The justices affirmed St. Clair County Circuit Judge Vincent Lopinot, who approved settlement of a claim that Liberty Mutual Insurance underpaid health providers.
They denied an objection from provider David Kerbs of Washington State, who argued that he could have achieved a better result in a court there.
They rejected his view that an Illinois Supreme Court decision from 2005, Avery v. State Farm, prohibited certification of a national class.
“Avery did not stand for the proposition that an Illinois class representative could not maintain a nationwide settlement class where the class included absent plaintiffs,” wrote Justice Thomas Welch.
“In Avery, our supreme court concluded that the alleged breach of contract claims were unsuitable for class certification in light of the number of contracts implicated by the class claims and the material differences in the policy language of these contracts.”
Welch wrote that the court found it could not uniformly interpret automobile insurance contracts from 48 states.
“There was nothing in Avery that suggested that the certification of a settlement class must be subjected to the same rigorous scrutiny that a court applies when determining whether to certify a litigation class,” he wrote.
“Illinois law is clear that a trial court must evaluate a settlement as a whole, as it is the product of extensive and complex negotiations.
“Thus, a reviewing court cannot rewrite the parties’ settlement to eliminate unfair provisions; it can only approve or disapprove of the entire settlement.
“The essence of a settlement is compromise and the court cannot reject a
settlement solely because it does not provide a complete victory to plaintiffs.”
Justices Gene Schwarm and Randy Moore concurred.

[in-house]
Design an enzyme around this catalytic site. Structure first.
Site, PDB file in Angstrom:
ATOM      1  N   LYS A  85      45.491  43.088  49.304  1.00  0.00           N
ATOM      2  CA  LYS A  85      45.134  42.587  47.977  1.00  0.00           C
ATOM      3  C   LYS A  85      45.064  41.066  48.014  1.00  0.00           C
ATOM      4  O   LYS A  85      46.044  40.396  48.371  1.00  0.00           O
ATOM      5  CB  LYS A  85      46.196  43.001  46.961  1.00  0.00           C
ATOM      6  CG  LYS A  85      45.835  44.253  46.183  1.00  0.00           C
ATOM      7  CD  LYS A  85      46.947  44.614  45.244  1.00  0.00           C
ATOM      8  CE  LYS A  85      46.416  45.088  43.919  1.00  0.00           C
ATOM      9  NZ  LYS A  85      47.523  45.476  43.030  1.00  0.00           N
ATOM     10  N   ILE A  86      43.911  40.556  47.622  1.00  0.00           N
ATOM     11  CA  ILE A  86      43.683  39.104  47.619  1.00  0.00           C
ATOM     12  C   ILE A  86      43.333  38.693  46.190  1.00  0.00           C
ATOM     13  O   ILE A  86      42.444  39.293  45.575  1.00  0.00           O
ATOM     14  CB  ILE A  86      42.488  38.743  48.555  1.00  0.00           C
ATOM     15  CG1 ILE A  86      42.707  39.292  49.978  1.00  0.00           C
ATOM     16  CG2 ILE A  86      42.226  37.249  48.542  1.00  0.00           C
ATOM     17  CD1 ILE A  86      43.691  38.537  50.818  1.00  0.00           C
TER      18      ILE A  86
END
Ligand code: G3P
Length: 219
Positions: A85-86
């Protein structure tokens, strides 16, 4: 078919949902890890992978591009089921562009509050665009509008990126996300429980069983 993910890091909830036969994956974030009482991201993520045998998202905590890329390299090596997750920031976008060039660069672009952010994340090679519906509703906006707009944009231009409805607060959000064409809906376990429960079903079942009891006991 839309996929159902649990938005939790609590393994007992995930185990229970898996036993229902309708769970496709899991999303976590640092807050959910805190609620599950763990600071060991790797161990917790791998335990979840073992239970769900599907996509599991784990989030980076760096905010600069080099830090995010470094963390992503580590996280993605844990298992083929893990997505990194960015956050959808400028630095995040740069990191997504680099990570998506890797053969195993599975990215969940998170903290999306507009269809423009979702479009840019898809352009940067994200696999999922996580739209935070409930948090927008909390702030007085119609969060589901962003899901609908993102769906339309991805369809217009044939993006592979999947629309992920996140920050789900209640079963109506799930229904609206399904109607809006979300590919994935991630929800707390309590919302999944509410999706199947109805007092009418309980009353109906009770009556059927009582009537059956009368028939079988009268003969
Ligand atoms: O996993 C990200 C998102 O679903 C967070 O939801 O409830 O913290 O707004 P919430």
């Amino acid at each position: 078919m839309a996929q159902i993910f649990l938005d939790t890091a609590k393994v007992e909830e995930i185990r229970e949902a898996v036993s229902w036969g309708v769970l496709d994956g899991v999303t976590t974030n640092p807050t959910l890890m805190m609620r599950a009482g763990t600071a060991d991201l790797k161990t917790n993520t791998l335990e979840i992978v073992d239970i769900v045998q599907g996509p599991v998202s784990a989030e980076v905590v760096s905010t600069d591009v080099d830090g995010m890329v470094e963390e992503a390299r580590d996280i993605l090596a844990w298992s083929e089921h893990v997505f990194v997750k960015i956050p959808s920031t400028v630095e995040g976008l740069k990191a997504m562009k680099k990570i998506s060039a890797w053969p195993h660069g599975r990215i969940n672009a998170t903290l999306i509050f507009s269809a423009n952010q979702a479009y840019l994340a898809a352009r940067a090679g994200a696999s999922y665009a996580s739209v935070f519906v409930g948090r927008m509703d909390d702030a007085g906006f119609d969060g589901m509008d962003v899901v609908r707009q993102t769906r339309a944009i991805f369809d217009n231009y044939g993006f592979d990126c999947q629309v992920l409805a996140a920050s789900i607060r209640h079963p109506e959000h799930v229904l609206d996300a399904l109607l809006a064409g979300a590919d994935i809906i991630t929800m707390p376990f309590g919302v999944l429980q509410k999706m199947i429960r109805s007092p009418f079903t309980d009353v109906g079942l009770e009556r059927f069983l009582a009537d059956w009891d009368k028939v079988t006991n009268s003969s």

Class actions over Liberty Mutual’s payments to providers have run since 2003.
In 2008, Liberty Mutual took over Safeco Insurance and inherited similar class actions against it.
In 2014, Robert Schmieder of St. Louis sued Liberty Mutual and Safeco, on behalf of Lebanon Chiropractic Clinic, in St. Clair County circuit court.
The parties soon agreed to settle for $2.5 million with providers receiving half of past reductions upon submission of a claim.
The amount included $1.2 million for attorney’s fees and expenses.
Lopinot granted preliminary approval in October 2014.
A settlement administrator sent notice to 2,953,505 potential class members.
About 800 providers asked for exclusion from the class.
Kerbs filed an objection last January, asking Lopinot to deny approval or exclude Washington providers.
He alleged a conflict of interest between the settlement and one he achieved against Safeco in Washington.
He argued that Lopinot lacked jurisdiction.
He reopened his case in Washington and moved for an injunction against the St. Clair County settlement.
Lopinot signed an order stating that the settlement was intentionally drafted to ensure there was no conflict with the relief ordered in Washington.
He wrote that he wouldn’t sign a final order lacking specific language that the settlement would not conflict with the Krebs settlement.
He held a fairness hearing last February, and Krebs did not attend.
Lopinot concluded that the settlement resulted from good faith negotiations at arm’s length.
Kerbs appealed and submitted as supplemental authority a transcript of a hearing in Washington, in a separate case against Safeco.
Fifth District judges quoted portions of it on jurisdiction, and then rejected it.
Welch wrote that it wasn’t binding or persuasive with regard to jurisdiction, and that the court didn’t have the benefit of full briefing by all parties.
He wrote that the class notice afforded due process to potential class members.
He wrote that a judge deciding certification of a settlement class should not apply the same criteria to judge legal and factual as in a trial on the merits.
He wrote that turning a settlement hearing into a trial would defeat the purposes of reaching a compromise.
“Accordingly, a class that is suitable for settlement purposes might not be suitable for litigation purposes because the settlement might eliminate all of the contested issues that the court would have to resolve if the case went to trial,” Welch wrote.
“The standard for class settlement approval is not whether the parties could have done better. The standard is whether the compromise was fair, reasonable, and adequate.”
Chet Kelly of Belleville represented Kerbs.